minimalism, responsible travel

Minimalism & Responsible Travel

My husband and I were watching a travel documentary the other day about Greece, and the traveller came across a boat full of refugees arriving on the beach that he was driving past. He stopped and spoke with a Syrian family who had fled with only a small backpack and the clothes they were wearing. That was it, everything they had in the world for 2 adults and 2 children was in something the size of a daypack. My husband said “hey, onebagging!” I replied “yeah but they had no choice”.

It’s been something I’ve been pondering a lot lately. My family is preparing to launch into full time international travel, and we are choosing to travel with carry-on only sized backpacks. One each, and that’s it. We’re getting rid of most of our household furniture and items, safe in the knowledge that we will be able to reacquire those things upon our return in a few years’ time. It occurs to me that at no other time in history have people done this. Humans tend to hoard things, save for a rainy day, you know, just in case.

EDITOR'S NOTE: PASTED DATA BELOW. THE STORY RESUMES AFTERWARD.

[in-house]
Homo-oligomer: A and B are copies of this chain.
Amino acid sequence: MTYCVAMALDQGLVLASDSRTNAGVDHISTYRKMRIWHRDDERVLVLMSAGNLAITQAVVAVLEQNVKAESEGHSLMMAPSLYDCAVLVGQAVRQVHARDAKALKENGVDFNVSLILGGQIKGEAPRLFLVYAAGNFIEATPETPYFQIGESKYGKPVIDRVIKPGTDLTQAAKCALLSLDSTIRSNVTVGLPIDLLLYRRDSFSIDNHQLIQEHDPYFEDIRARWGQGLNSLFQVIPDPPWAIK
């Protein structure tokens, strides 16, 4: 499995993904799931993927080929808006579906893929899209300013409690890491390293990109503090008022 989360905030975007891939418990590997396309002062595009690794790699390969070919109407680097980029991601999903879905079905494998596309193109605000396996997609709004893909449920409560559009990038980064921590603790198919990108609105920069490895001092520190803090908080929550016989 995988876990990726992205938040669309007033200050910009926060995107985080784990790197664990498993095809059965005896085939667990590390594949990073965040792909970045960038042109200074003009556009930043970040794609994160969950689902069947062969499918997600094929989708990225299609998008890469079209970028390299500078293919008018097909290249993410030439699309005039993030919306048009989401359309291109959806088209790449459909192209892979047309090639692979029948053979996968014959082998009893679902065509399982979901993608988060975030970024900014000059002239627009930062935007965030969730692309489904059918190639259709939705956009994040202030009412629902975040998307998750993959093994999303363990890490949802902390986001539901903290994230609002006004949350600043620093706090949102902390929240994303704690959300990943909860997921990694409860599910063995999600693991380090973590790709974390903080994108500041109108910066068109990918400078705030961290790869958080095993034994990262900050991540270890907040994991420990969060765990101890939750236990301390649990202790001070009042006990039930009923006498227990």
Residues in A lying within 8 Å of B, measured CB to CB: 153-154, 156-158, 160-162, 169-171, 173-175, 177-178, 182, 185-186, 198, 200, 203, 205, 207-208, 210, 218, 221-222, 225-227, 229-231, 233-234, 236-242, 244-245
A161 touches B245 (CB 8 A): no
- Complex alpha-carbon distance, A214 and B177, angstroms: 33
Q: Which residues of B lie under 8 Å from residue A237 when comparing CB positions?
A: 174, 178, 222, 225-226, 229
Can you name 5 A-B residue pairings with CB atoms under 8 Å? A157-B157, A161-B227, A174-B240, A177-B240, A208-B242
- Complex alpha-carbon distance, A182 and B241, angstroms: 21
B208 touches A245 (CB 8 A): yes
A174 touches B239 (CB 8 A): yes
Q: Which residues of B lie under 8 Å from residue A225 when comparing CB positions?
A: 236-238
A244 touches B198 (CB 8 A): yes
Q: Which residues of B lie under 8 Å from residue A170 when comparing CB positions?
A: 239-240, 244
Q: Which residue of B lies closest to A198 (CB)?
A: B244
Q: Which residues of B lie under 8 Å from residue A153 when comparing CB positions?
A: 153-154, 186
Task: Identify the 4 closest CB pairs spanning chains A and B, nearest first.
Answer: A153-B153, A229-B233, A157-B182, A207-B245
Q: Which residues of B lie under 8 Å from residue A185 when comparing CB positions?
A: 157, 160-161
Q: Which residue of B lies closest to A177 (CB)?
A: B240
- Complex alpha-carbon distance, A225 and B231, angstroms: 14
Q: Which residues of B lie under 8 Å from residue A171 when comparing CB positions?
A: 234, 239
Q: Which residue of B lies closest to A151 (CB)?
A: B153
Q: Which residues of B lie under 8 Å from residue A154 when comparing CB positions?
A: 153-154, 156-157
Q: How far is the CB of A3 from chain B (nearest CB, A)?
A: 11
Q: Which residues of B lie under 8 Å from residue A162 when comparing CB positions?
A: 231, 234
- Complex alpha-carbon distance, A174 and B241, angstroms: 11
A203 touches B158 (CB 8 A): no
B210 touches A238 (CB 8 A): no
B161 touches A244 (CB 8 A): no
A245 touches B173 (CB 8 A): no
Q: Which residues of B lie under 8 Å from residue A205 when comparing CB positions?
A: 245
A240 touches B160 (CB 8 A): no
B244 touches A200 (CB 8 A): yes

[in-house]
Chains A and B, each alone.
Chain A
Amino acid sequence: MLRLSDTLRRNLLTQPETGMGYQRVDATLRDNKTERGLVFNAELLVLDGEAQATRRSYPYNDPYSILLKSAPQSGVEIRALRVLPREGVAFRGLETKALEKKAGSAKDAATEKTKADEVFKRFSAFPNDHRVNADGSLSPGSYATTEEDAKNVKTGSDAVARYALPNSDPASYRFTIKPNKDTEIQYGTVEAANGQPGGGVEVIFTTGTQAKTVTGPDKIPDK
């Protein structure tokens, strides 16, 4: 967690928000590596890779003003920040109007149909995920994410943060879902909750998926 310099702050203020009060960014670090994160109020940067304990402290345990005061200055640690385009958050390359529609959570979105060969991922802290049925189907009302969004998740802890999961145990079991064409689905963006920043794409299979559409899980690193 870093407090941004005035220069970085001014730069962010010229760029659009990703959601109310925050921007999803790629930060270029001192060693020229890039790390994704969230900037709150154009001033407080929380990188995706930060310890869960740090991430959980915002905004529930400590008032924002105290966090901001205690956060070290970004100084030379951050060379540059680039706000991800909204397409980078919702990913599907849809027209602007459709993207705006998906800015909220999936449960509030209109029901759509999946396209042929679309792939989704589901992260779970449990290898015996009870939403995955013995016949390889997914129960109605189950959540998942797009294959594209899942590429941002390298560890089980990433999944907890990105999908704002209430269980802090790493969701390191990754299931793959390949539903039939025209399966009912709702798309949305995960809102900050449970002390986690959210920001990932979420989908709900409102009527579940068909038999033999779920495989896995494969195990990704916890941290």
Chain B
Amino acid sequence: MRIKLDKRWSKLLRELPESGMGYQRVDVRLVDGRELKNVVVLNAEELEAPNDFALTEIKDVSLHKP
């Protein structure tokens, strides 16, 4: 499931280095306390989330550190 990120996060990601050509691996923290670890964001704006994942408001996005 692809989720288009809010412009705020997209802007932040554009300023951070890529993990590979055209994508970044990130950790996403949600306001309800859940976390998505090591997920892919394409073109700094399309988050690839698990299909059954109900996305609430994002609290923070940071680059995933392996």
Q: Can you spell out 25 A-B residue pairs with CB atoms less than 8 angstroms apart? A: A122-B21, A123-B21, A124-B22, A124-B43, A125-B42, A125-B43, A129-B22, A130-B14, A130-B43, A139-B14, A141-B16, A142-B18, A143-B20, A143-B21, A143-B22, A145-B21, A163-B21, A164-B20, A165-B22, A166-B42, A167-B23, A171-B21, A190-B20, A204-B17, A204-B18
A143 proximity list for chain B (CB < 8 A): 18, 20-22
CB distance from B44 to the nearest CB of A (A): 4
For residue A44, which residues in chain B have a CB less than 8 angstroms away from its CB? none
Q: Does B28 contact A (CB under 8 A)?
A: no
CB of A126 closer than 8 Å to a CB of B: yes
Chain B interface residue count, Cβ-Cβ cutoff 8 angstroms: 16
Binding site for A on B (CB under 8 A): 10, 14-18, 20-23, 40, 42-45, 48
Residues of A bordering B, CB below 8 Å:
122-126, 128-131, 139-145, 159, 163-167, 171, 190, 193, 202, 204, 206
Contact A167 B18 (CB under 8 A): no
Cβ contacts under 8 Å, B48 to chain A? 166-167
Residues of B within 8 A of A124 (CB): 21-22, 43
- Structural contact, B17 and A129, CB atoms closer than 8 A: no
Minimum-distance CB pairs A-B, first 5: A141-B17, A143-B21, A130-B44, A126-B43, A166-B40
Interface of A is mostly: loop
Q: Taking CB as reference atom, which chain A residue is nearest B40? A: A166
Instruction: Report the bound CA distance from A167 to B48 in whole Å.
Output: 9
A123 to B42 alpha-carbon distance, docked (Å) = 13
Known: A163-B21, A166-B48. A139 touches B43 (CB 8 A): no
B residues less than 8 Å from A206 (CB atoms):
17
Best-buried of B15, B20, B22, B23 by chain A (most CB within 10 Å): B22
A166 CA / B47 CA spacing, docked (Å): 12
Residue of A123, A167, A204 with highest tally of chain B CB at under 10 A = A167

Lots of blogs and packing lists have a disposable mentality – just buy it when you get there, save space by buying bottled water instead of taking a reusable bottle, etc. I even found myself having the same thoughts as I watched my husband gather together his zero waste kit “tsk, that’s a lot of extra weight and space being taken up in your small bag”. How much space gets taken up in landfill with disposable items? All those disposable coffee cups? Plastic bags? Plastic cutlery? My thinking was so topsy turvy.

Minimalism and onebagging are counter-culture, but they’re still fundamentally rooted in the capitalist culture that spawned it. A minimalist’s choice is supported by a wealthy society. At any time they can tap out of it and reacquire the stuff they need or want cheaply and easily. It’s comfortable and safe to make that choice in that context. Few people would choose to be so light-on if they didn’t know where their next meal was coming from.

So as my family prepares to launch into full time nomadic travel, I’m giving these thoughts some deep consideration. I want to travel responsibly and I suppose being mindful of these things is the first step.

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